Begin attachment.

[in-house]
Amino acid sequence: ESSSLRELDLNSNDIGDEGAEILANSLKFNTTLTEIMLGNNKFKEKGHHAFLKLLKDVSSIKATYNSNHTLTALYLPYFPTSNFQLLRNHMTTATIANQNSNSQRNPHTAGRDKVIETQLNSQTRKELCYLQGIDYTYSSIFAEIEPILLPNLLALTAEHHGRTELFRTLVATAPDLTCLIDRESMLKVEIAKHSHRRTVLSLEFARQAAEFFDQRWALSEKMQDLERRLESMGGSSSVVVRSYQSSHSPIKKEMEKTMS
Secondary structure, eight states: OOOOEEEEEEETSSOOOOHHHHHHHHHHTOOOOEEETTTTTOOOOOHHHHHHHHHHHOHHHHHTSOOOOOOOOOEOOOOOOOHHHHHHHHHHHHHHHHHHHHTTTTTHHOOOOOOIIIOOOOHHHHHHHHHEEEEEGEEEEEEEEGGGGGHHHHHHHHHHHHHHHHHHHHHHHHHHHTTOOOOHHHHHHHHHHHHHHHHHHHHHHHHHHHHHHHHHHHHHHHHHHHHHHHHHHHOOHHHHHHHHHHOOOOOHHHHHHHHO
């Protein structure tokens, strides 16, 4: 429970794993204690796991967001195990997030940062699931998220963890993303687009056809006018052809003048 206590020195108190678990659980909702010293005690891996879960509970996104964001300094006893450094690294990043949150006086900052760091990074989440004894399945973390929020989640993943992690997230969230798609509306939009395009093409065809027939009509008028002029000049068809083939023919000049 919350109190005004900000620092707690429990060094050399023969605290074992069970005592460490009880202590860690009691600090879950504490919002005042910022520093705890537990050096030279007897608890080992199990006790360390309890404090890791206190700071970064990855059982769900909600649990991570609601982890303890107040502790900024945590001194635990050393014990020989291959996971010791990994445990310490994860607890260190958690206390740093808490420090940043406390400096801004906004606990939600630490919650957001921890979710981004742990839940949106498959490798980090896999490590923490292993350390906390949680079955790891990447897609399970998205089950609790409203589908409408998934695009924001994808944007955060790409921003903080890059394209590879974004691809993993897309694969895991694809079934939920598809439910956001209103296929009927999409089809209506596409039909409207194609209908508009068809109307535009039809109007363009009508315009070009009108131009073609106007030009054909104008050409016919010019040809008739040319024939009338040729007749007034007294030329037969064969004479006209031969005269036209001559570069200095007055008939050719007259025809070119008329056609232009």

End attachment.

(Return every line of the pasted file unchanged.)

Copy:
[in-house]
Amino acid sequence: ESSSLRELDLNSNDIGDEGAEILANSLKFNTTLTEIMLGNNKFKEKGHHAFLKLLKDVSSIKATYNSNHTLTALYLPYFPTSNFQLLRNHMTTATIANQNSNSQRNPHTAGRDKVIETQLNSQTRKELCYLQGIDYTYSSIFAEIEPILLPNLLALTAEHHGRTELFRTLVATAPDLTCLIDRESMLKVEIAKHSHRRTVLSLEFARQAAEFFDQRWALSEKMQDLERRLESMGGSSSVVVRSYQSSHSPIKKEMEKTMS
Secondary structure, eight states: OOOOEEEEEEETSSOOOOHHHHHHHHHHTOOOOEEETTTTTOOOOOHHHHHHHHHHHOHHHHHTSOOOOOOOOOEOOOOOOOHHHHHHHHHHHHHHHHHHHHTTTTTHHOOOOOOIIIOOOOHHHHHHHHHEEEEEGEEEEEEEEGGGGGHHHHHHHHHHHHHHHHHHHHHHHHHHHTTOOOOHHHHHHHHHHHHHHHHHHHHHHHHHHHHHHHHHHHHHHHHHHHHHHHHHHHOOHHHHHHHHHHOOOOOHHHHHHHHO
């Protein structure tokens, strides 16, 4: 429970794993204690796991967001195990997030940062699931998220963890993303687009056809006018052809003048 206590020195108190678990659980909702010293005690891996879960509970996104964001300094006893450094690294990043949150006086900052760091990074989440004894399945973390929020989640993943992690997230969230798609509306939009395009093409065809027939009509008028002029000049068809083939023919000049 919350109190005004900000620092707690429990060094050399023969605290074992069970005592460490009880202590860690009691600090879950504490919002005042910022520093705890537990050096030279007897608890080992199990006790360390309890404090890791206190700071970064990855059982769900909600649990991570609601982890303890107040502790900024945590001194635990050393014990020989291959996971010791990994445990310490994860607890260190958690206390740093808490420090940043406390400096801004906004606990939600630490919650957001921890979710981004742990839940949106498959490798980090896999490590923490292993350390906390949680079955790891990447897609399970998205089950609790409203589908409408998934695009924001994808944007955060790409921003903080890059394209590879974004691809993993897309694969895991694809079934939920598809439910956001209103296929009927999409089809209506596409039909409207194609209908508009068809109307535009039809109007363009009508315009070009009108131009073609106007030009054909104008050409016919010019040809008739040319024939009338040729007749007034007294030329037969064969004479006209031969005269036209001559570069200095007055008939050719007259025809070119008329056609232009």